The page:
Pain at beginning of workouts would decrease to nothing after warming up and getting some weight on the bar.

    Post rehab my right knee is 90% pain free and continues to improve. The left knee has improved some but to a much lesser degree.

    I'm currently a week into the Bridge 2.0 and doing OK. The knees are still achy afterwards but part of that is probably age.

    My plan was to finish the Bridge and run another HLM cycle or maybe the 12-week strength template followed by a repeat of the knee rehab template.
    Does that sound reasonable?

    Thanks for great template.

    Hey jrbiii - thanks for purchasing and trying the template. Sounds like overall the process was helpful for you. I think the plan you've outlined is a good idea. Although you likely don't need to re-run the knee rehab template unless you have a severe increase in symptoms with little to no resolve over time.

    Leave a comment:


  • GlobularFluster
    replied
    I am interested in purchasing the knee rehab template, having suffered for many years from mild to moderate knee pain. I have been diagnosed with PFPS, and did benefit from what I understand to have been a conventional PT program. I understand there is a lot of tempo work. I have some health issues that require me to take medication that causes lightheadedness. Tempo squats aggravate this side effect, to quite a greater extent than any other thing I do in the gym. Can I still benefit from the program despite my inability to tempo squat at anything above about a 5 RPE?

    Leave a comment:


  • jrbiii
    replied
    I finished running the knee rehab template about a week ago with what seem like decent results.
    Male, age 55, 6'-0", 245 at start, 237 at completion (diet cleanup.)

    I had been doing crossfit for a few years before running SSLP followed by a 16 week HLM cycle.

    Quad tendon pain in both knees. No patella pain. Main discomfort occurred in seated positions such as driving. Some discomfort climbing/descending stairs.
    Pain at beginning of workouts would decrease to nothing after warming up and getting some weight on the bar.

    Post rehab my right knee is 90% pain free and continues to improve. The left knee has improved some but to a much lesser degree.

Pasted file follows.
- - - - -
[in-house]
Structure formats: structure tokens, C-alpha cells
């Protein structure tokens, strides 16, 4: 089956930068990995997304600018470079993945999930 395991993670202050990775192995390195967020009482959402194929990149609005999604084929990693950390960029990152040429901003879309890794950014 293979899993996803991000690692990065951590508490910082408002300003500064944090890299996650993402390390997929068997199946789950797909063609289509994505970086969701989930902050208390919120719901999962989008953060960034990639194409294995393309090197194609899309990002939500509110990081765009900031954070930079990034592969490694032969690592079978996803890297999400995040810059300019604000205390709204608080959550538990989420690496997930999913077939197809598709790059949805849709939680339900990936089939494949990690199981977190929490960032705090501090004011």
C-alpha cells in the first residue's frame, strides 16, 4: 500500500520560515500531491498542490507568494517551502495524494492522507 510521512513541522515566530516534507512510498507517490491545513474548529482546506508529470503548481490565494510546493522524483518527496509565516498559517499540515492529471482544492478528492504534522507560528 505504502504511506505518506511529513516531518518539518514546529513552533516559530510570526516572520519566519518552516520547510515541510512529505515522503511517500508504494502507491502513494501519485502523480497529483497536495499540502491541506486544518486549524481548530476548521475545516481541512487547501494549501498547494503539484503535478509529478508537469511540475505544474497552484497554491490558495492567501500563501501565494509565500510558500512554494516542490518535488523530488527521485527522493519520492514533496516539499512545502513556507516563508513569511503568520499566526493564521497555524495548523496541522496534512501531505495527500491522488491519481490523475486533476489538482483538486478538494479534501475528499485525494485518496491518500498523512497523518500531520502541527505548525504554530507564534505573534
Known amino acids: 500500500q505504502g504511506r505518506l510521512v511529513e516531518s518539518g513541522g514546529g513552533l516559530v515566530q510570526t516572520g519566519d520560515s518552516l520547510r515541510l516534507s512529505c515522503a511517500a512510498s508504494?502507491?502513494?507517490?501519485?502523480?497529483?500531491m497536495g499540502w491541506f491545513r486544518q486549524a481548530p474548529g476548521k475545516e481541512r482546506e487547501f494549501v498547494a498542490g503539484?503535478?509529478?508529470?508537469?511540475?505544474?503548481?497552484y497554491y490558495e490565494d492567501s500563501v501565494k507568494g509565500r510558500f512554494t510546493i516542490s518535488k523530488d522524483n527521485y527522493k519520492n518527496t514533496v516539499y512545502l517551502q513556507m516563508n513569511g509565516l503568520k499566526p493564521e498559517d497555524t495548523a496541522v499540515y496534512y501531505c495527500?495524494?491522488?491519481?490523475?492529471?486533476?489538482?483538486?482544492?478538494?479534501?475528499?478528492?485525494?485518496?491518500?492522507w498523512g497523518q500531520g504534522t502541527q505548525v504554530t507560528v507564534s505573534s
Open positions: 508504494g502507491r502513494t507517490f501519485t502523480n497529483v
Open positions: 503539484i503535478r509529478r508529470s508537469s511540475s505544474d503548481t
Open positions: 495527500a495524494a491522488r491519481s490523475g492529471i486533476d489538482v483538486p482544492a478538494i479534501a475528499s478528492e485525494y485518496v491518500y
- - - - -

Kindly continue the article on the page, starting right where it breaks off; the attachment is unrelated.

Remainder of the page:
I'm currently a week into the Bridge 2.0 and doing OK. The knees are still achy afterwards but part of that is probably age.

    My plan was to finish the Bridge and run another HLM cycle or maybe the 12-week strength template followed by a repeat of the knee rehab template.
    Does that sound reasonable?

    Thanks for great template.


    Leave a comment:


  • Michael Ray
    replied
    Originally posted by Brad Wright View Post

    Michael Ray
    After SSLP last may I started a 4 day Texas Method split went through November with that. After that I did the main lifts each once a week with some higher rep accessories for hypertrophy which ended in January, and have been doing 4 days a week main lift every day, with 2 to 3 variations of those lifts throughout the week. Example: Squat, rack pulls, incline bench, pin press, with some light ab work.
    I am not using RPE but am using 1 RM percentages on how i feel that day, light days being 60 - 70%, med days 70-80%, and heavy days 80-90%.
    I'm not to familiar with barbell medicine "training technique, performance, and pain perception", but am up to learning.
    Gotcha. I definitely suggest implementing Rate of Perceived Exertion (RPE) to help guide the path with training.
    RPE is asking yourself the question, on a scale of 0 - 10 how difficult was this set (0 = not difficult at all and 10 being extremely difficult). Another way to think about RPE is Reps in Reserve (RIR). RIR is equivalent to asking yourself, how many more reps could I have completed for this set (0 = 10 more reps, and 10 = no more reps).

    The other metric we advocate for is session RPE (sRPE) - which is asking yourself a similar question to RPE but at the end of your session - on a scale of 0 - 10 how difficult/fatiguing was this session (0 = not at all/inactive - 10 = hardest session ever completed).

    These guidelines help manipulate loading appropriately over time based on how you are feeling overall rather than chasing any particular percentages/numbers. Often we use both subjective and objective markers. Meaning, hit a top set of 5 reps at RPE 7 (80%). - but the caveat is only strive for 80% or greater based on your RPE rating, in other words RPE is paramount here. This is also what the research is continuously showing regarding injury risk reduction and performance. Check out this talk we did a few months back: https://www.youtube.com/watch?v=V43mSQEjZY8

    More to the point for what you are describing - if a person is continuously overloading (high fatigue reported and decline of objective markers) themselves (as you very well may be based on the prior programming selected) then this can be a factor that needs addressing as it relates to pain perception.
    Last edited by Michael Ray; 04-29-2019, 03:10 PM.